Also featured in the Portland Museum of Art exhibit are portraits of entertainers and writers, including Ozzie and Harriet Nelson, Bennett Serf, Norman Mailer, Tokyo Rose, Lillian and Dorothy Gish, and such society women as Mrs. T. Charlton Henry and Brenda Diana Duff Frazier. They are sharp-edged, clear, strong and memorable. The photo of Norman Mailer in his youth is unusual and effectively captures his spontaneous, irreverent and great spirit.

Yet, it is in photographs of the downtrodden, like those titled “Pinkie Edwards Whose Name is Matilda” and “Dr. Donald E. Gatch and Addie Taylor,” that the photographer reaches visual poetry. These works are similar to the photographs of Walker Evans, whose famous photos of impoverished tenant farmers in the 1930s are milestones in photography in America. Arbus met Evans in 1961.

Also in the “Diane Arbus: Family Albums” exhibit are spreads on Arbus photographs in the New York Times magazine section and Esquire magazine. They provide the viewer with more insight into the life of this influential American photographer.

Born into a wealthy Jewish family in 1923, Arbus grew up in Manhattan. She was educated at the Ethical Culture School and the Fieldston School in New York. At age 18, she married Allan Arbus and the couple became interested in photography. Her father who owned a fashionable department store on Fifth Avenue asked the two to take advertising photos for his place of business. She and her husband did fashion photography for magazines like Vogue and Glamour in the 1950s. Once on her own, Arbus shot portraits for Esquire.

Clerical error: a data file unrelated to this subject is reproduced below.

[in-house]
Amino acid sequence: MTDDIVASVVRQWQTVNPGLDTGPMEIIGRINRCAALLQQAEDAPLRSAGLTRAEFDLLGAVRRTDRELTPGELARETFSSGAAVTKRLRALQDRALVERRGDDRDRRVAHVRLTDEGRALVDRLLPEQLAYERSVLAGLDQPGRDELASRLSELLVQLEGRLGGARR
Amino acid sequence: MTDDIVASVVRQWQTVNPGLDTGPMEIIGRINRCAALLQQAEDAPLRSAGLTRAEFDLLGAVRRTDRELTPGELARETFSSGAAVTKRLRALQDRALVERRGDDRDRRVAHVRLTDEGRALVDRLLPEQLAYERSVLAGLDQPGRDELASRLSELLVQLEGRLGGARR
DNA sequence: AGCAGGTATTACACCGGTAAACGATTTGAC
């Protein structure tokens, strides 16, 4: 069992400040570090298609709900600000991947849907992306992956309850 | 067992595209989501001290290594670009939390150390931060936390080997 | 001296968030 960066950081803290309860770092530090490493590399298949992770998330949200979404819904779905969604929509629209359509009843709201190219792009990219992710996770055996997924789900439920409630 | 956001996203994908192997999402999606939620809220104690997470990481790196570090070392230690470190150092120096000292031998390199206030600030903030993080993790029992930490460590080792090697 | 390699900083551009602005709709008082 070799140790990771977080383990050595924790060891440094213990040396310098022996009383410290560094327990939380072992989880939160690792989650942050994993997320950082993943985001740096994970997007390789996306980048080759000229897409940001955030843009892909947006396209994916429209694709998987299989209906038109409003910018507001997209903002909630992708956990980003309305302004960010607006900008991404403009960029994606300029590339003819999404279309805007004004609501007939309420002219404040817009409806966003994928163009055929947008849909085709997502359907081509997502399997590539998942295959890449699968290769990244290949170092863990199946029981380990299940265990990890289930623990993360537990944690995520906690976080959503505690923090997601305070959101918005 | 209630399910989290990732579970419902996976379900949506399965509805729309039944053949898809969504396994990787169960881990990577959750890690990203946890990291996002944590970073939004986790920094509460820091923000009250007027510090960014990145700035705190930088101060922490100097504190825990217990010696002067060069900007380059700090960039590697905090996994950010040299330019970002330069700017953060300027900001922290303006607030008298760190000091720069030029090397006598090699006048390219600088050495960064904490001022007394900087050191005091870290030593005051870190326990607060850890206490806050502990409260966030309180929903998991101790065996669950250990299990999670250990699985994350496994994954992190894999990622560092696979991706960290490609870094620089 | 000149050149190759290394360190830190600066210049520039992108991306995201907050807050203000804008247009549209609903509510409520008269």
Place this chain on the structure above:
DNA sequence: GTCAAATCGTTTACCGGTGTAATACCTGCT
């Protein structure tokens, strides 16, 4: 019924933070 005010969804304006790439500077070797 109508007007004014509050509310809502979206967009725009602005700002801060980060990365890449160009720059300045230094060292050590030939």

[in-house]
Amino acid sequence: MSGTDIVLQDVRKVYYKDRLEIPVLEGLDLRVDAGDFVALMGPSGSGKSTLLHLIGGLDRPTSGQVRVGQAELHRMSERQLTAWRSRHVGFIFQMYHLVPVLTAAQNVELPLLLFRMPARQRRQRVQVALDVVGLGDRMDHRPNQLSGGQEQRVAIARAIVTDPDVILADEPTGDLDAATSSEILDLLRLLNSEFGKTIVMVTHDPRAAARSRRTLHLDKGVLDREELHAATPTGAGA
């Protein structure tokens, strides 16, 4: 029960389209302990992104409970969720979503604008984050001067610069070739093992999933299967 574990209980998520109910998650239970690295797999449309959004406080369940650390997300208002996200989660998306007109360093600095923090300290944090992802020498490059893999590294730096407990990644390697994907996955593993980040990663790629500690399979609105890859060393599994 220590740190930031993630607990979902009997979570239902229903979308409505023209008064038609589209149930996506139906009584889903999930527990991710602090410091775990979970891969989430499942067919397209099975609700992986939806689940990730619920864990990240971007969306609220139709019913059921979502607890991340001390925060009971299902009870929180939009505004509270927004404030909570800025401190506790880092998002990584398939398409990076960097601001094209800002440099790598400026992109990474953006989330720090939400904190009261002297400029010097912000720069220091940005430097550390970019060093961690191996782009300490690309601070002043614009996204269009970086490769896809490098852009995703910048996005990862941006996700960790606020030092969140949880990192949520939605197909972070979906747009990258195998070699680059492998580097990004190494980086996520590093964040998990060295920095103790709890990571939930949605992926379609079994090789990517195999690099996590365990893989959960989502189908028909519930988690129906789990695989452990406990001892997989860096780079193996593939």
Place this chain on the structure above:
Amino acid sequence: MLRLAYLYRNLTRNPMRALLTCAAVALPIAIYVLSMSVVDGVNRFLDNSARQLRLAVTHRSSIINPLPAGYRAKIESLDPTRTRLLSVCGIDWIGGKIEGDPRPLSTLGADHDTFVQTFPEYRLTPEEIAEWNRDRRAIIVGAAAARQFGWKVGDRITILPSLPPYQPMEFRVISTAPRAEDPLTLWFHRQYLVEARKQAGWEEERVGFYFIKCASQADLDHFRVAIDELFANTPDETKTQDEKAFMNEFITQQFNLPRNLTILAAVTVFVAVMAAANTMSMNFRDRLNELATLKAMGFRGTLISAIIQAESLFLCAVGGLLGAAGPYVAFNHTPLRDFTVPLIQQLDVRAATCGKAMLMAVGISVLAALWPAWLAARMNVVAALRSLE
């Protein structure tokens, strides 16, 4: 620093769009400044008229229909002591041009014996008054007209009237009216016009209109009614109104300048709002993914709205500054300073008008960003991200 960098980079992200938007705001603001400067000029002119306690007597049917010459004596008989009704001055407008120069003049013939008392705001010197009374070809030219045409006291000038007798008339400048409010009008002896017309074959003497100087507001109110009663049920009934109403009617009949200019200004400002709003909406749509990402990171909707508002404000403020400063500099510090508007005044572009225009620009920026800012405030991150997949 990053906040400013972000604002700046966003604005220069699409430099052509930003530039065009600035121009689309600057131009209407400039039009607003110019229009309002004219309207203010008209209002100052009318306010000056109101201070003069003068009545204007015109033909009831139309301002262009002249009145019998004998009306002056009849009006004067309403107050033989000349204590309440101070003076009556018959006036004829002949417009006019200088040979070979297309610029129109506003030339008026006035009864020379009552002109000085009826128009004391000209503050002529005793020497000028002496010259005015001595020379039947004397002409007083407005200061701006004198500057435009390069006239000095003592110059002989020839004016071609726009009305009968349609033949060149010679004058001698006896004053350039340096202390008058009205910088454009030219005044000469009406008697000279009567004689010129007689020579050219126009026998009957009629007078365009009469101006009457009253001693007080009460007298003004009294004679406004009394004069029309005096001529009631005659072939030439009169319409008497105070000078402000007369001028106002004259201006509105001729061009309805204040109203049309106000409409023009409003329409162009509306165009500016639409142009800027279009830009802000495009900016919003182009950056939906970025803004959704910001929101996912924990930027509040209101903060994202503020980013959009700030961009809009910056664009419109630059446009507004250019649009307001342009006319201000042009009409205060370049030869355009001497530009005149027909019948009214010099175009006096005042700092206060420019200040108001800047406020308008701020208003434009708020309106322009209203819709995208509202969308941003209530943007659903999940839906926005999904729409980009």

Between 1955 and 1957, Arbus studied under Lisette Model, who encouraged her to do more documentary photography. She focused on people on the streets, midgets, twins, workers in circuses, people who were mentally and physically challenged and asylum inmates.

In 1967, Arbus was one of three photographers invited to participate in the Museum of Modern Art’s influential exhibition “New Documents.” After her suicide in 1971, her Museum of Modern Art’s retrospective attracted easily as many viewers as Edward Steichen’s famous “Family of Man” exhibition in 1955, confirming Arbus’ stature in the history of photography.

I viewed “Diane Arbus: Family Albums” on a Friday evening. More than 200 people poured through the museum, and the Arbus exhibit was crowded. Arbus’ photos are definitely worth examination and a trip to Portland to see.

The exhibit will be up through Aug. 1,

The Portland Museum of Art is open from 10 a.m. to 5 p.m. Monday, Tuesday, Wednesday, Thursday, Saturday and Sunday through Columbus Day; and from 10 a.m. to 9 p.m. Friday. Admission is $8 for adults, $6 for seniors and students with I.D., $2 for children 6 to 17; children under 6 admitted free. Admission is free Fridays from 5 p.m. to 9 p.m.

Pat Davidson Reef has a master’s degree in education and has taught art history at Catherine McAuley High School in Portland. She has written two children’s books, “Dahlov Ipcar, Artist,” and “Bernard Langlais, Sculptor.” She teaches children’s literature for teacher recertification for the American Institute for Creative Education.